NASA to Test Portable Robot Surgeon
Thursday, April 19, 2007; 2:36 AM
SEATTLE -- Doctors and scientists from the University of Washington will get a glimpse of what it would be like to do remote surgery in space when a portable medical robot they created will be tested next month in an underwater environment designed by NASA to simulate zero gravity.
The portable robot, which can be controlled over the Internet by a human surgeon many miles away, is being developed with money from the U.S. Defense Department to be used to treat wounded soldiers on a battlefield, to perform complicated surgery on patients in remote areas of the developing world and to help sick astronauts in space.
The difference between the robot surgeon demonstrated at the University of Washington on Wednesday and others that are being used today in American hospitals involves portability and communications, said Professor Blake Hannaford, co-director of the UW BioRobotics Lab.
All the portable parts of this device weigh about 50 pounds and can be transported and reconstructed by non-engineers at remote sites. Robot surgeons currently being used in hospitals weigh several thousand pounds, are not portable and can't be easily broken down and reconstructed.
Current medical robots also were not designed to be controlled from miles away.
When the mobile surgical robot called Raven is in the Aquarius Undersea Laboratory off the coast of Florida, its robotic arms holding surgical instruments will be operated by doctors in Seattle sitting in front of a computer screen and holding onto moveable metal arms.
The experiment will involve sewing up a tear in a rubber tube that is being used as a simulated blood vessel. The surgeons will also do a skill test used to judge student doctors.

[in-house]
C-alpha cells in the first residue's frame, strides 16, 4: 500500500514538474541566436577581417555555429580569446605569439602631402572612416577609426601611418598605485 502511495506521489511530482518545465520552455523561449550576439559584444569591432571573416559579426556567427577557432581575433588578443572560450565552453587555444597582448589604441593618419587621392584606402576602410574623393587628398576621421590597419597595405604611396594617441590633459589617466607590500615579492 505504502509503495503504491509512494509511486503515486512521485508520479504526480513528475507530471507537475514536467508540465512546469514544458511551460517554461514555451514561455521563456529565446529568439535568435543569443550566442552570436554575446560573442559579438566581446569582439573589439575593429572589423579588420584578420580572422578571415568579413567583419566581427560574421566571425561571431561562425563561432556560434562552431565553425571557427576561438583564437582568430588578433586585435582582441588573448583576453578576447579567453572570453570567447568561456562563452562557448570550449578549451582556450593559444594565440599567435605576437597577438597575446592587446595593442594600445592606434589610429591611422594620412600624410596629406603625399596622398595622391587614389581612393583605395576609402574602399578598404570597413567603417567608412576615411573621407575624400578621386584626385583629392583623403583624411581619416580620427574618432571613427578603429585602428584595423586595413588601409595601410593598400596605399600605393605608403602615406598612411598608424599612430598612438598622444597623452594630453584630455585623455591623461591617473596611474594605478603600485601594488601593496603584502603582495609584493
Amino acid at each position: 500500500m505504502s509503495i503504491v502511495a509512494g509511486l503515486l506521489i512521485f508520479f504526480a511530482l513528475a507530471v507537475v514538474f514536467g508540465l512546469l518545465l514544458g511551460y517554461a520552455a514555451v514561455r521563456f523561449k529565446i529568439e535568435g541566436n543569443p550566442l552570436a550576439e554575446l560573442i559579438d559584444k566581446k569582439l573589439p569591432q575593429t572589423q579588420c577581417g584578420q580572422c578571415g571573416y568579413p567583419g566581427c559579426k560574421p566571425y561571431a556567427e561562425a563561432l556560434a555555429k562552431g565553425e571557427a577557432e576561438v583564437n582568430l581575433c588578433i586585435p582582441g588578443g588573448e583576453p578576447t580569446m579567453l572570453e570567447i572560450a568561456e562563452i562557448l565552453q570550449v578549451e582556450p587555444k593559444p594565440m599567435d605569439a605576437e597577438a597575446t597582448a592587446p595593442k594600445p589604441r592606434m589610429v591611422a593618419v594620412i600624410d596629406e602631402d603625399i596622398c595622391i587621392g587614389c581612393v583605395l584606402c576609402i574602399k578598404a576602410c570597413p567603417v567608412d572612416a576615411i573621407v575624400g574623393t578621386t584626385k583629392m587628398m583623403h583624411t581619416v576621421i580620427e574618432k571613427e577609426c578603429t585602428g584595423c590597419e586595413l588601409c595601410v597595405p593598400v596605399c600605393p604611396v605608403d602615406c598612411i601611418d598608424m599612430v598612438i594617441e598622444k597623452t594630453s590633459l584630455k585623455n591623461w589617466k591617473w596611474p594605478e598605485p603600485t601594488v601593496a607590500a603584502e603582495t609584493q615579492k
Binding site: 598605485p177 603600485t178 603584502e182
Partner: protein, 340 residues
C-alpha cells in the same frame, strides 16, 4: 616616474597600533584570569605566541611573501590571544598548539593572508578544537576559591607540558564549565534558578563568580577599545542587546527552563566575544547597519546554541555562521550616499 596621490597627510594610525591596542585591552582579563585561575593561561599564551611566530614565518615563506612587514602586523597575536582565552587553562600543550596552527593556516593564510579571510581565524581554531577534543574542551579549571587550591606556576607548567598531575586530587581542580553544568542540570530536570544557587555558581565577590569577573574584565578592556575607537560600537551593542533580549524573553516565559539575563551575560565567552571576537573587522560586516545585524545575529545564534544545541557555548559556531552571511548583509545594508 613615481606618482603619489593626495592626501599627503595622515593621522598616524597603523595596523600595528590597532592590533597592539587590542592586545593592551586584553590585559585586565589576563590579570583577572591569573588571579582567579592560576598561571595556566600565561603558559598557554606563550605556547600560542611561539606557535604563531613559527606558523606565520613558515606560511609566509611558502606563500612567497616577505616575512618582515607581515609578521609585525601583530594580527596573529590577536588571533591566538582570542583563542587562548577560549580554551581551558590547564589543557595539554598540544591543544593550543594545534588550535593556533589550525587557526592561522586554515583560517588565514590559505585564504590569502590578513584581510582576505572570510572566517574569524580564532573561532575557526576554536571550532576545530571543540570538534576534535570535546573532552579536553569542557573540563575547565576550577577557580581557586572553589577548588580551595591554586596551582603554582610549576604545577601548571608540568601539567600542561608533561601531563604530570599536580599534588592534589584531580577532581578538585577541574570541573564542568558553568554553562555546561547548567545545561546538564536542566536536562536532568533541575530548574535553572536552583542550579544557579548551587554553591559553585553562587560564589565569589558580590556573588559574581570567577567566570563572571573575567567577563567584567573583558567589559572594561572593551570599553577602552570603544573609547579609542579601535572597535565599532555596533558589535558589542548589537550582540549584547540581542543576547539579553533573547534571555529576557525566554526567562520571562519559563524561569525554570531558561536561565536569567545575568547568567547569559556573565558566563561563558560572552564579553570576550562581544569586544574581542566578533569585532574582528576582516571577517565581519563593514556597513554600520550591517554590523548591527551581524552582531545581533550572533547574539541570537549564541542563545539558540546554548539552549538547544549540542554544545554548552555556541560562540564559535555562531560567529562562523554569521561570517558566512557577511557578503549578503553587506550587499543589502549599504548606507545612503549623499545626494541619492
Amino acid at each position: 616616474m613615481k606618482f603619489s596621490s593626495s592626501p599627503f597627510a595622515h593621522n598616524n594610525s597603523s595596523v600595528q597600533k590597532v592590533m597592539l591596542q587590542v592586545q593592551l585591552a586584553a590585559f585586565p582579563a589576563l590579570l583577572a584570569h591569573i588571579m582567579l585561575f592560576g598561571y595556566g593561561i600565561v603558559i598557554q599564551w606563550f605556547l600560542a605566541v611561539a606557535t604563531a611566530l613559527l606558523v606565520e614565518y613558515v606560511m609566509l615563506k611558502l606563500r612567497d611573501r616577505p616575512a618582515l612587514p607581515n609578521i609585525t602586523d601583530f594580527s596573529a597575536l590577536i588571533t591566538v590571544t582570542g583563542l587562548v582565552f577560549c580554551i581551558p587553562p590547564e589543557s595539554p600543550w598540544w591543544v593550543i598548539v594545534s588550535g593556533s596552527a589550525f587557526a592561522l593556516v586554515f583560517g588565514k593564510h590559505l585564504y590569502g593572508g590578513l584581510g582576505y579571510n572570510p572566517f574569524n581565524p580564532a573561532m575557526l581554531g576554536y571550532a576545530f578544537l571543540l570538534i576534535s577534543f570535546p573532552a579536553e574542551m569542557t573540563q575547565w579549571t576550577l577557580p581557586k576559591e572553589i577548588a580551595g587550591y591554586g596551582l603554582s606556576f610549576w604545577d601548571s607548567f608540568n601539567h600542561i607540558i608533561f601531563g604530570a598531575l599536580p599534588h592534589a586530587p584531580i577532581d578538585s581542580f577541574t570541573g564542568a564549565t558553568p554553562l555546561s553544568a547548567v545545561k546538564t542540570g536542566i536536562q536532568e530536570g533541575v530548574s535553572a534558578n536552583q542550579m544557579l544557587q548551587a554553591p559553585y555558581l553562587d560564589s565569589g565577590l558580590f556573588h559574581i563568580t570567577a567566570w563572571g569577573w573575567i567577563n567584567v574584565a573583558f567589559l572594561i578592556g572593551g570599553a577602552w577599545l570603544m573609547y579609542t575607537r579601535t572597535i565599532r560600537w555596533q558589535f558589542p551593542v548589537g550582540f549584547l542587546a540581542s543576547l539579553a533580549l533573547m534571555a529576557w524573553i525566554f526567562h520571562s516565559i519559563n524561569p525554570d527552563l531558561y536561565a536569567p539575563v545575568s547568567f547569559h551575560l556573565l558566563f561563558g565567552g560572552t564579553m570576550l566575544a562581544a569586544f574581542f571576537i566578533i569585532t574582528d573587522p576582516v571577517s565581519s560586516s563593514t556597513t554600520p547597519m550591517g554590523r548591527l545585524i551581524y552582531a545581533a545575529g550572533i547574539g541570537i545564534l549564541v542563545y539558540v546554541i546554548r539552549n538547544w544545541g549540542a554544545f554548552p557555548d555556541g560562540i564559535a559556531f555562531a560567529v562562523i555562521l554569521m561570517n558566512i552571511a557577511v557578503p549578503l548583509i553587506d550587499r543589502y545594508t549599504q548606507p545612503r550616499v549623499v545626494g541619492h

The surgeons' digital instructions will travel over a commercial Internet connection from Seattle to Key Largo, Fla., and then through a wireless connection to a buoy, which is connected by cable to the submarine-like research pod about 60 feet underwater. Two NASA astronauts and a NASA flight surgeon will be in the underwater pod with the robot.
Mitchell Lum, a research assistant and electrical engineering Ph.D. candidate, said an expected time delay of up to a second _ between the surgeon's digital instructions and movement of the robot's arms _ should be the most challenging part of the experiment.
"We think they will take longer to complete the tasks but we don't think it's undoable," Lum said.
In zero gravity, both the robot and the patient will have to be immobilized, and doctors will have to deal with the different ways organs and bodily fluids move without gravity, explained Dr. Mika Sinanan, a professor in the department of surgery at the UW Medical Center who has been working closely with the project and demonstrated the robot for reporters on Wednesday.
The researchers said a major goal of the underwater experiment is to show that the robot can be dismantled, transported and set up by non-engineers in the zero gravity environment.